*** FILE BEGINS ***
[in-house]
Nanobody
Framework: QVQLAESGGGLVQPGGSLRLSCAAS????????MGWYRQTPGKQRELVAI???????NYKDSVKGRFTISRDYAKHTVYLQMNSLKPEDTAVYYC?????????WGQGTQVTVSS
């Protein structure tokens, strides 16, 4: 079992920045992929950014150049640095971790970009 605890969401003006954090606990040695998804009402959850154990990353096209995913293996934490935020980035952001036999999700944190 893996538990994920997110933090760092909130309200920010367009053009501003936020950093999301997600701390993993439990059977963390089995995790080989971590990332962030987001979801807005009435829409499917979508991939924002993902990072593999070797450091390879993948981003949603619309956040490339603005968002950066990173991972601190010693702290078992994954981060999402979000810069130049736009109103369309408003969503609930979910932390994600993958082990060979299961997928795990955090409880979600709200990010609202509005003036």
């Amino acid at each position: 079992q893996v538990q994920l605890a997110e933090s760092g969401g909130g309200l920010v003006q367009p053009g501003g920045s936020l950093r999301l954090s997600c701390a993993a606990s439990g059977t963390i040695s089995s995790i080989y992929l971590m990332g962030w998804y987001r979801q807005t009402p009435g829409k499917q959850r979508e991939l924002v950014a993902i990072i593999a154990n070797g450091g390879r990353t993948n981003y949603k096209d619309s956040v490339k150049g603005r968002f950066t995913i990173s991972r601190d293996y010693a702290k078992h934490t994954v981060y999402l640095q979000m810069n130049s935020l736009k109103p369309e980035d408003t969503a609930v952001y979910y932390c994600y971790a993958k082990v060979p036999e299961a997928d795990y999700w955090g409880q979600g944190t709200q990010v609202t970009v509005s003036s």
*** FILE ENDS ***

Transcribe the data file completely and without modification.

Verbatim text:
[in-house]
Nanobody
Framework: QVQLAESGGGLVQPGGSLRLSCAAS????????MGWYRQTPGKQRELVAI???????NYKDSVKGRFTISRDYAKHTVYLQMNSLKPEDTAVYYC?????????WGQGTQVTVSS
């Protein structure tokens, strides 16, 4: 079992920045992929950014150049640095971790970009 605890969401003006954090606990040695998804009402959850154990990353096209995913293996934490935020980035952001036999999700944190 893996538990994920997110933090760092909130309200920010367009053009501003936020950093999301997600701390993993439990059977963390089995995790080989971590990332962030987001979801807005009435829409499917979508991939924002993902990072593999070797450091390879993948981003949603619309956040490339603005968002950066990173991972601190010693702290078992994954981060999402979000810069130049736009109103369309408003969503609930979910932390994600993958082990060979299961997928795990955090409880979600709200990010609202509005003036």
């Amino acid at each position: 079992q893996v538990q994920l605890a997110e933090s760092g969401g909130g309200l920010v003006q367009p053009g501003g920045s936020l950093r999301l954090s997600c701390a993993a606990s439990g059977t963390i040695s089995s995790i080989y992929l971590m990332g962030w998804y987001r979801q807005t009402p009435g829409k499917q959850r979508e991939l924002v950014a993902i990072i593999a154990n070797g450091g390879r990353t993948n981003y949603k096209d619309s956040v490339k150049g603005r968002f950066t995913i990173s991972r601190d293996y010693a702290k078992h934490t994954v981060y999402l640095q979000m810069n130049s935020l736009k109103p369309e980035d408003t969503a609930v952001y979910y932390c994600y971790a993958k082990v060979p036999e299961a997928d795990y999700w955090g409880q979600g944190t709200q990010v609202t970009v509005s003036s």